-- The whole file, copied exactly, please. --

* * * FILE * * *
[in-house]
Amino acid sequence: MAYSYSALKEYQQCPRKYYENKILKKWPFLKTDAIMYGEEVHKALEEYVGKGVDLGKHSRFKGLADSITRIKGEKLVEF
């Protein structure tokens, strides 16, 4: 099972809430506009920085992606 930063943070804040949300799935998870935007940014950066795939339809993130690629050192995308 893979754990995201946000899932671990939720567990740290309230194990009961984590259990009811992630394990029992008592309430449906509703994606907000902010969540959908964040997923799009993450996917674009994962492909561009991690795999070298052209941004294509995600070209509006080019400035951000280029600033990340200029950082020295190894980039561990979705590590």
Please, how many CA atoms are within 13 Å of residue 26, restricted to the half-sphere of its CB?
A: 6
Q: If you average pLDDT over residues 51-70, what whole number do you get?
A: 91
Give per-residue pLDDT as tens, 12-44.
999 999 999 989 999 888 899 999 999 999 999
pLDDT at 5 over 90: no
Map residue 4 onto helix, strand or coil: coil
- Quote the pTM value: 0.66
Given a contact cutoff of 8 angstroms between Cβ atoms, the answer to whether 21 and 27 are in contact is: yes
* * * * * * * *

[in-house]
Amino acid sequence: MAYSYSALKEYQQCPRKYYENKILKKWPFLKTDAIMYGEEVHKALEEYVGKGVDLGKHSRFKGLADSITRIKGEKLVEF
């Protein structure tokens, strides 16, 4: 099972809430506009920085992606 930063943070804040949300799935998870935007940014950066795939339809993130690629050192995308 893979754990995201946000899932671990939720567990740290309230194990009961984590259990009811992630394990029992008592309430449906509703994606907000902010969540959908964040997923799009993450996917674009994962492909561009991690795999070298052209941004294509995600070209509006080019400035951000280029600033990340200029950082020295190894980039561990979705590590």
Please, how many CA atoms are within 13 Å of residue 26, restricted to the half-sphere of its CB?
A: 6
Q: If you average pLDDT over residues 51-70, what whole number do you get?
A: 91
Give per-residue pLDDT as tens, 12-44.
999 999 999 989 999 888 899 999 999 999 999
pLDDT at 5 over 90: no
Map residue 4 onto helix, strand or coil: coil
- Quote the pTM value: 0.66
Given a contact cutoff of 8 angstroms between Cβ atoms, the answer to whether 21 and 27 are in contact is: yes